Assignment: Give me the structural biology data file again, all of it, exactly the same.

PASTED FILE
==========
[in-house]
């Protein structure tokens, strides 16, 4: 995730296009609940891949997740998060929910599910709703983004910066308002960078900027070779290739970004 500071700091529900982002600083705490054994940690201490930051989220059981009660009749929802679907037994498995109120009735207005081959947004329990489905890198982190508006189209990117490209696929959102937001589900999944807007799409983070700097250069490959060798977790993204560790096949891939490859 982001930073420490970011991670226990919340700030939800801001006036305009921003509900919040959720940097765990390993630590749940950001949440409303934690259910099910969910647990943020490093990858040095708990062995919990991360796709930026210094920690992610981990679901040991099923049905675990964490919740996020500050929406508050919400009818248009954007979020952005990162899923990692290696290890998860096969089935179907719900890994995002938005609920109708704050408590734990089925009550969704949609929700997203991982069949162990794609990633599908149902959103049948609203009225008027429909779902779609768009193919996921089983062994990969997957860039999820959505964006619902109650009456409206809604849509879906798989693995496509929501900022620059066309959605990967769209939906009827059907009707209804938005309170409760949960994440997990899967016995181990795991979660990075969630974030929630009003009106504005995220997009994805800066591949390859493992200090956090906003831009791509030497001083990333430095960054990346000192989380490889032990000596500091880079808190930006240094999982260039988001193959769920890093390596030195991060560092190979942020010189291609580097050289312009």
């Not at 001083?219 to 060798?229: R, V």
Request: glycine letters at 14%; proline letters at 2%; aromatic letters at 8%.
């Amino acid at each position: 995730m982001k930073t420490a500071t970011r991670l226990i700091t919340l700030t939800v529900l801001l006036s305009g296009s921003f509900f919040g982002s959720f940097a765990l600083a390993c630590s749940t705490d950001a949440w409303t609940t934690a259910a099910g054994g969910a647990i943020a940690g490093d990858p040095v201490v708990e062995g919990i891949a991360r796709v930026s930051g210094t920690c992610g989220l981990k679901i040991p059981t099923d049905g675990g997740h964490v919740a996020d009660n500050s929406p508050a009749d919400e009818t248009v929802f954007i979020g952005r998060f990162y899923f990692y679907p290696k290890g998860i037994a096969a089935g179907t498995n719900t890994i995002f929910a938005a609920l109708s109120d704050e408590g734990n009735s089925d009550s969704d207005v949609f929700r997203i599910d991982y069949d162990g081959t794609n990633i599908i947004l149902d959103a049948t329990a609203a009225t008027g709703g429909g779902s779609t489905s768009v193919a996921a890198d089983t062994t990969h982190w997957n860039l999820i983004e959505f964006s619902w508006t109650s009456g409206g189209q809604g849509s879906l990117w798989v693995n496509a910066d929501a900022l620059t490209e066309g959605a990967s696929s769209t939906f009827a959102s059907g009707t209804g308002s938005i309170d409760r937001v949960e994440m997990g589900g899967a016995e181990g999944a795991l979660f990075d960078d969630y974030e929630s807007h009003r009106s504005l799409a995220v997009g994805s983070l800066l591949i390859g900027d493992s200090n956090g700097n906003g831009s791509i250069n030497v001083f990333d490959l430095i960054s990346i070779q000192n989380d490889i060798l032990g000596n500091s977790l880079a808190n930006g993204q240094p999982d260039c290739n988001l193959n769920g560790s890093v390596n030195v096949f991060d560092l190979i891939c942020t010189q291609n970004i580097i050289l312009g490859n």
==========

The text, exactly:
[in-house]
């Protein structure tokens, strides 16, 4: 995730296009609940891949997740998060929910599910709703983004910066308002960078900027070779290739970004 500071700091529900982002600083705490054994940690201490930051989220059981009660009749929802679907037994498995109120009735207005081959947004329990489905890198982190508006189209990117490209696929959102937001589900999944807007799409983070700097250069490959060798977790993204560790096949891939490859 982001930073420490970011991670226990919340700030939800801001006036305009921003509900919040959720940097765990390993630590749940950001949440409303934690259910099910969910647990943020490093990858040095708990062995919990991360796709930026210094920690992610981990679901040991099923049905675990964490919740996020500050929406508050919400009818248009954007979020952005990162899923990692290696290890998860096969089935179907719900890994995002938005609920109708704050408590734990089925009550969704949609929700997203991982069949162990794609990633599908149902959103049948609203009225008027429909779902779609768009193919996921089983062994990969997957860039999820959505964006619902109650009456409206809604849509879906798989693995496509929501900022620059066309959605990967769209939906009827059907009707209804938005309170409760949960994440997990899967016995181990795991979660990075969630974030929630009003009106504005995220997009994805800066591949390859493992200090956090906003831009791509030497001083990333430095960054990346000192989380490889032990000596500091880079808190930006240094999982260039988001193959769920890093390596030195991060560092190979942020010189291609580097050289312009």
């Not at 001083?219 to 060798?229: R, V």
Request: glycine letters at 14%; proline letters at 2%; aromatic letters at 8%.
């Amino acid at each position: 995730m982001k930073t420490a500071t970011r991670l226990i700091t919340l700030t939800v529900l801001l006036s305009g296009s921003f509900f919040g982002s959720f940097a765990l600083a390993c630590s749940t705490d950001a949440w409303t609940t934690a259910a099910g054994g969910a647990i943020a940690g490093d990858p040095v201490v708990e062995g919990i891949a991360r796709v930026s930051g210094t920690c992610g989220l981990k679901i040991p059981t099923d049905g675990g997740h964490v919740a996020d009660n500050s929406p508050a009749d919400e009818t248009v929802f954007i979020g952005r998060f990162y899923f990692y679907p290696k290890g998860i037994a096969a089935g179907t498995n719900t890994i995002f929910a938005a609920l109708s109120d704050e408590g734990n009735s089925d009550s969704d207005v949609f929700r997203i599910d991982y069949d162990g081959t794609n990633i599908i947004l149902d959103a049948t329990a609203a009225t008027g709703g429909g779902s779609t489905s768009v193919a996921a890198d089983t062994t990969h982190w997957n860039l999820i983004e959505f964006s619902w508006t109650s009456g409206g189209q809604g849509s879906l990117w798989v693995n496509a910066d929501a900022l620059t490209e066309g959605a990967s696929s769209t939906f009827a959102s059907g009707t209804g308002s938005i309170d409760r937001v949960e994440m997990g589900g899967a016995e181990g999944a795991l979660f990075d960078d969630y974030e929630s807007h009003r009106s504005l799409a995220v997009g994805s983070l800066l591949i390859g900027d493992s200090n956090g700097n906003g831009s791509i250069n030497v001083f990333d490959l430095i960054s990346i070779q000192n989380d490889i060798l032990g000596n500091s977790l880079a808190n930006g993204q240094p999982d260039c290739n988001l193959n769920g560790s890093v390596n030195v096949f991060d560092l190979i891939c942020t010189q291609n970004i580097i050289l312009g490859n």